Using a path, created in the shape of the desired neon, I extruded a disk (align Y to path, and the more sections, the smoother the tube will look -- but the longer it'll take to render).
Next, I extruded a second disk, smaller than the first, but along the same path. What You want is a tube within a tube.
Invoke attributes on this second, inner tube, and make it the desired color of your neon. Also, make it a Bright object.
Invoke attrib's on the first, outer tube, and leave it the default color, all white, and in Fog Length, type in 100. You want it a fog object. The fog tube gives the neon its 'glow.'
Delete the path, and group these objects, and You've got Your neon tube.
Here's where the fun begins, and the appearance of Your tube will depend on how You plan to use it. For that NeonCool pic, ala Aminet, I made all the inner tubes, the colored ones, lightsources. This works fine for neon floating in black space -- but if You want it to actually illuminate something, or have it sit in front of a wall, or a backdrop picture, you have to be more subtle with your lighting. Otherwise, You'll be completely washed out with colored light, and the effect of the neon tube will be lost.
I uploaded another pic to aminet; I think it's in
You've played with lightsources already, so you know it takes some tweaking to get the desired effect. You don't want the neon to wash out the entire scene, so experiment with the Lightsource options (Control Falloff, Diminish Intensity) to get the look you want.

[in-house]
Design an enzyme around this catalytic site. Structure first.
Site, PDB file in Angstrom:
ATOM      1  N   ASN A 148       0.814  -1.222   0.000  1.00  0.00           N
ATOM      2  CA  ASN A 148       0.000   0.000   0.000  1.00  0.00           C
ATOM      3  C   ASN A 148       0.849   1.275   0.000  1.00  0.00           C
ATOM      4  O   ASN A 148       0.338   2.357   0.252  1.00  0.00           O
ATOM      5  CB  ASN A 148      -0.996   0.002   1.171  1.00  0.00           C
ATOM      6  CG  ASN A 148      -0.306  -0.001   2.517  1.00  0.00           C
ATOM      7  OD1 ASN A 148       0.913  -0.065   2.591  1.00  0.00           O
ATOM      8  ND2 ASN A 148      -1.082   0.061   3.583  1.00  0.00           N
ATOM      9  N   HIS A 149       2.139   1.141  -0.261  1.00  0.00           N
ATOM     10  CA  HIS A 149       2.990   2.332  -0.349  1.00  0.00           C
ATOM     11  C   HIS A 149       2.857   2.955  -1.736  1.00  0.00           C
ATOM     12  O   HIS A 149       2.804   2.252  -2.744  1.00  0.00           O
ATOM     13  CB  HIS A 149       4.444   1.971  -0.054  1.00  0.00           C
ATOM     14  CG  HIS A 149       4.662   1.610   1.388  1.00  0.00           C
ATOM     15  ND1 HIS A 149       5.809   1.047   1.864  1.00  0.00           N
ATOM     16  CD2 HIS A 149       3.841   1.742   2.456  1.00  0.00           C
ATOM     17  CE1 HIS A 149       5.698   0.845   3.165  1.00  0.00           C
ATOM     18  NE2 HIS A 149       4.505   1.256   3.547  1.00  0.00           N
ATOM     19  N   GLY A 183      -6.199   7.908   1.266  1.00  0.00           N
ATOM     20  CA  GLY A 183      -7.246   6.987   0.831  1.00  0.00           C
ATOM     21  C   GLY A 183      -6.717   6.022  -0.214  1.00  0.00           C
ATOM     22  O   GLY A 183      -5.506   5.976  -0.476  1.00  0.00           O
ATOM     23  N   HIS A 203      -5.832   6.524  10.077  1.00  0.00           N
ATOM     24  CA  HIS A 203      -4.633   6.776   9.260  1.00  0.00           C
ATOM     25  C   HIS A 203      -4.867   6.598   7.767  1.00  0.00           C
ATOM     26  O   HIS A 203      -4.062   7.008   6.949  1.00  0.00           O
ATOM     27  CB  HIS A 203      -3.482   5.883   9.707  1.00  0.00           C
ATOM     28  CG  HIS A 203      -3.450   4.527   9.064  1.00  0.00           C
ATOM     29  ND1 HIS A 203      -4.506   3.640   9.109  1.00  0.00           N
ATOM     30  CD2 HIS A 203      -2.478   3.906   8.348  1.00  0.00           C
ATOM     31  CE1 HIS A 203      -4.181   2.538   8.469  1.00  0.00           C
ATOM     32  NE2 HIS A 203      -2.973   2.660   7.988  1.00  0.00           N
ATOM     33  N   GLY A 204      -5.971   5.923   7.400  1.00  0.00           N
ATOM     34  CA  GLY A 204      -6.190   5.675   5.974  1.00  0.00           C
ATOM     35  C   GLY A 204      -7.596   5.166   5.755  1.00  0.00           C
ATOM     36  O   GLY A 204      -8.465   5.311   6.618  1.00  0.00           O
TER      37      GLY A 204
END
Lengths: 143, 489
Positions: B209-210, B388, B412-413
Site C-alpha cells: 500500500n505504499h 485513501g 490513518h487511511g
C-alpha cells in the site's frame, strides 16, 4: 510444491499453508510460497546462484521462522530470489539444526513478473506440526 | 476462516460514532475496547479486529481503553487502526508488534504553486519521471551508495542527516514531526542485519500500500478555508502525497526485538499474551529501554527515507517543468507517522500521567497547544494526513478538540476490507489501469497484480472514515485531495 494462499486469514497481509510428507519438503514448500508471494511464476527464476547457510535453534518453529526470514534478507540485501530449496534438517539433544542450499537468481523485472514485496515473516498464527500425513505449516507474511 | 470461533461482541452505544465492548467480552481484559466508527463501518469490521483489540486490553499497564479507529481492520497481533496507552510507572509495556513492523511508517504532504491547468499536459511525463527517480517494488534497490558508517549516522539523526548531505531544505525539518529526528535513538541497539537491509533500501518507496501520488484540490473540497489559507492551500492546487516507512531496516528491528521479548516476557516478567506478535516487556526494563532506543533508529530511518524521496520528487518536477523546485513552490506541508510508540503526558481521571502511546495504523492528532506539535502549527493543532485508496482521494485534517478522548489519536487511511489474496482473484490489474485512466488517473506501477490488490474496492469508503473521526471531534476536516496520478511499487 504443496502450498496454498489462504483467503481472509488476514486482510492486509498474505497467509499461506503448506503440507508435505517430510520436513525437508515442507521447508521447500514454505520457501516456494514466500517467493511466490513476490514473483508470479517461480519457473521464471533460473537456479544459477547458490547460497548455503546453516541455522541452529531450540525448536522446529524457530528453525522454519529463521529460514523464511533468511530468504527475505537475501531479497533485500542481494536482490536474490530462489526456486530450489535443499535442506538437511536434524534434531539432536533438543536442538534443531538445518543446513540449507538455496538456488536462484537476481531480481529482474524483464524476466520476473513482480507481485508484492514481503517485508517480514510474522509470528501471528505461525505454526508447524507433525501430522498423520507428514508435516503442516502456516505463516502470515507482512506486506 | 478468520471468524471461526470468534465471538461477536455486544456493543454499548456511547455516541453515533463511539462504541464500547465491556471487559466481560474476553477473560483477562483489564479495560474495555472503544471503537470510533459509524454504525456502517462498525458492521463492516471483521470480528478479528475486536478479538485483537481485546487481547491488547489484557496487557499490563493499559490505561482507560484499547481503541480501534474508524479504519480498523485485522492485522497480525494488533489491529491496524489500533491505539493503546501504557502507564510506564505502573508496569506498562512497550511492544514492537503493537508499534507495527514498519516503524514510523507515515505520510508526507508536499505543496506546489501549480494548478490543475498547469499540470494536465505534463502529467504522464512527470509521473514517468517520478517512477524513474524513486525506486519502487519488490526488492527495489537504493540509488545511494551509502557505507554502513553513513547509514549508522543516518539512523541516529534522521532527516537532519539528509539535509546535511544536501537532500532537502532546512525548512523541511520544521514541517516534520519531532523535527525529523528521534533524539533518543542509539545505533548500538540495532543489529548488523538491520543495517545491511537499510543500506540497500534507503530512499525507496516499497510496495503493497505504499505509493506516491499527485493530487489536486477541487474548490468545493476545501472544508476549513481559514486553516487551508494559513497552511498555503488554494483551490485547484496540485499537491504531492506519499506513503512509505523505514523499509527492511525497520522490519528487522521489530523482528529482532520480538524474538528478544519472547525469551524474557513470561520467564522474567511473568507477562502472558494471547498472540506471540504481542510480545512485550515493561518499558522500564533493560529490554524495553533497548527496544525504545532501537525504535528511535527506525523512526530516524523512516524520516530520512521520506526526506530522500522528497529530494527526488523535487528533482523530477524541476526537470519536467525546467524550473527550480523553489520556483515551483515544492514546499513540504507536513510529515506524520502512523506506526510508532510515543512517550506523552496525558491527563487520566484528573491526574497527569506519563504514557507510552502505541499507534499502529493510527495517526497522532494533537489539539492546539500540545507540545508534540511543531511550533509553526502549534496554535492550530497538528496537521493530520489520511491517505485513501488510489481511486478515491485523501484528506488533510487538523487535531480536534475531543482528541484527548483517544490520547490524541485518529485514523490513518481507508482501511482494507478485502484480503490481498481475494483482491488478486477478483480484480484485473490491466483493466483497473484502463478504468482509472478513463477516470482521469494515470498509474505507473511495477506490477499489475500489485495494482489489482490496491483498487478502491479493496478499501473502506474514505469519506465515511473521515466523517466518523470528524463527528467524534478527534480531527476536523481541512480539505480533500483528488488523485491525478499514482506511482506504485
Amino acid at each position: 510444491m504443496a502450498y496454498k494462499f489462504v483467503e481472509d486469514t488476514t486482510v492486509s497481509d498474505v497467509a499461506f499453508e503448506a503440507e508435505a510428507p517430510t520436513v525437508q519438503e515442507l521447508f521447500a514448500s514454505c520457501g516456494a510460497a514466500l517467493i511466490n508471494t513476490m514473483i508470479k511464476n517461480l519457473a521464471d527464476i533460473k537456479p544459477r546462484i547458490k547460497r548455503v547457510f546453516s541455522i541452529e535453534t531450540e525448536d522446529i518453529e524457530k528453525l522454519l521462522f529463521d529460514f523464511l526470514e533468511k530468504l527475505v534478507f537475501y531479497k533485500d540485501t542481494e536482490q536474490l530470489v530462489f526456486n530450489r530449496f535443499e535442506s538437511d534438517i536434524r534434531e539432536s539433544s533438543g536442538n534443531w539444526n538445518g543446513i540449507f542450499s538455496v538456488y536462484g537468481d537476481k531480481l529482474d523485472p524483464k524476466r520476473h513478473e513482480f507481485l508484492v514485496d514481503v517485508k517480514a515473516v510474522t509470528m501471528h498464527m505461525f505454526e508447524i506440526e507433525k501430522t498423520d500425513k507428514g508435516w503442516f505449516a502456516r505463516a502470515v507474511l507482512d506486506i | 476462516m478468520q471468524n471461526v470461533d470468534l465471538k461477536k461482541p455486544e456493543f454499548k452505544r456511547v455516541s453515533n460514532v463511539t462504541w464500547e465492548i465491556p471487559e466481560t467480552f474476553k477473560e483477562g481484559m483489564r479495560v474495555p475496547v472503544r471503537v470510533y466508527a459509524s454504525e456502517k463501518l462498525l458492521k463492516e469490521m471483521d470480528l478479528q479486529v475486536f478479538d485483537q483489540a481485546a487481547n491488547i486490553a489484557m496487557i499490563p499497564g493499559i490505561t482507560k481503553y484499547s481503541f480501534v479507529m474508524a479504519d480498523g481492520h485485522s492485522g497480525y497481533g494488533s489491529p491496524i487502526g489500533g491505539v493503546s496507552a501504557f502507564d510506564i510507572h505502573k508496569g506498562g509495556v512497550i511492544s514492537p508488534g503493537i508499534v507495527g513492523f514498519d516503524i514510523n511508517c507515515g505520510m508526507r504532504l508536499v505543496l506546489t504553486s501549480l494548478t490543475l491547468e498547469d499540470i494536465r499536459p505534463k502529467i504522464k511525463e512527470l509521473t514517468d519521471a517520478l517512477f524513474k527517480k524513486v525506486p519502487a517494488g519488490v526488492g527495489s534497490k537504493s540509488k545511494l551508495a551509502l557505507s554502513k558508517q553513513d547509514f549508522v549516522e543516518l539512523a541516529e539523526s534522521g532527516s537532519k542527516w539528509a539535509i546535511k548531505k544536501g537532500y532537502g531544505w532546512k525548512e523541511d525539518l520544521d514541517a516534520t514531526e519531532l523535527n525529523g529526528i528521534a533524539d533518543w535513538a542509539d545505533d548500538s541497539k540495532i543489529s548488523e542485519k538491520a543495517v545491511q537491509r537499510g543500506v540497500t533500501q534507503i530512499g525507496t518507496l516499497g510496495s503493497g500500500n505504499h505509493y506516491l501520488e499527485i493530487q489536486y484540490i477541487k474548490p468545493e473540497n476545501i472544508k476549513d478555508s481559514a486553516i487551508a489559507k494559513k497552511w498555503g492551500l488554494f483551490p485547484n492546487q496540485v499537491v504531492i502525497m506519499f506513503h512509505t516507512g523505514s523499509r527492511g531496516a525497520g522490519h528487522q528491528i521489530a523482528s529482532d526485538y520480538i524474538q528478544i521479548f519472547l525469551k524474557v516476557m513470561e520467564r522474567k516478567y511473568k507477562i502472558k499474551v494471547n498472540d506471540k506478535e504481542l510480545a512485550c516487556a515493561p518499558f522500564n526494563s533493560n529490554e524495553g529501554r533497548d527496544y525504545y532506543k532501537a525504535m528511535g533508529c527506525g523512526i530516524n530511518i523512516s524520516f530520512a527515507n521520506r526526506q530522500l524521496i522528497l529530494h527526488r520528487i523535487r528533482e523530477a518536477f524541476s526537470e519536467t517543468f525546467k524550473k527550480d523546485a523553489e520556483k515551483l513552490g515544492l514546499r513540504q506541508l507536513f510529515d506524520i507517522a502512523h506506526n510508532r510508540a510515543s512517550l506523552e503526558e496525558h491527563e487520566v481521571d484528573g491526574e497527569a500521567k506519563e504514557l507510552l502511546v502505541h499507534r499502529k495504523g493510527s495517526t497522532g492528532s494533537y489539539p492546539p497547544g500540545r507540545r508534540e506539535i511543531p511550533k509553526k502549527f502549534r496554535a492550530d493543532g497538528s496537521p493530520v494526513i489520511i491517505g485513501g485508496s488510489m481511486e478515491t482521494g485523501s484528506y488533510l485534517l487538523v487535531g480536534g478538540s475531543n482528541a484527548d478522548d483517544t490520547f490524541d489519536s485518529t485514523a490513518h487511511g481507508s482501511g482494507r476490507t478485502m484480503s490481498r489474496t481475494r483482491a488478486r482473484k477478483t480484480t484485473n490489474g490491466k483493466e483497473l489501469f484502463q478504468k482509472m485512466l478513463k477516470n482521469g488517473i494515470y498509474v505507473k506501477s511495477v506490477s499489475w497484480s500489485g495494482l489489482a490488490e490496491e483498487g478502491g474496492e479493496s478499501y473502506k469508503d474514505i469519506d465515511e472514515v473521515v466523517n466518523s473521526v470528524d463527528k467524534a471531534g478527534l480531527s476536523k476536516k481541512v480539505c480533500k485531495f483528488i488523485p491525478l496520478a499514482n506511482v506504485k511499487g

Please note that I do NOT deserve credit for this method. My tutorial is based on a compilation of advice from several Imaginoids. I'd list their names, but that portion of my brain that retains relevant memories was accidentally drained during a routine flush operation.
Make Your Object, make it bright, put the fakely texture on it, adjust the colors to Your liking. Bright color in the center and a darker one at the edges.
If You use tubes (disk) object as Your base for extrude's, it will not make any difference to where your camera is placed, due to the fakely texture it will make the vectors facing the camera brighter than the others (vector normals). Now go to the Action editor and add the haze global effect, type in the same values You've put in for the side color in the fakely texture. This way You get a good neon effect even in scanline.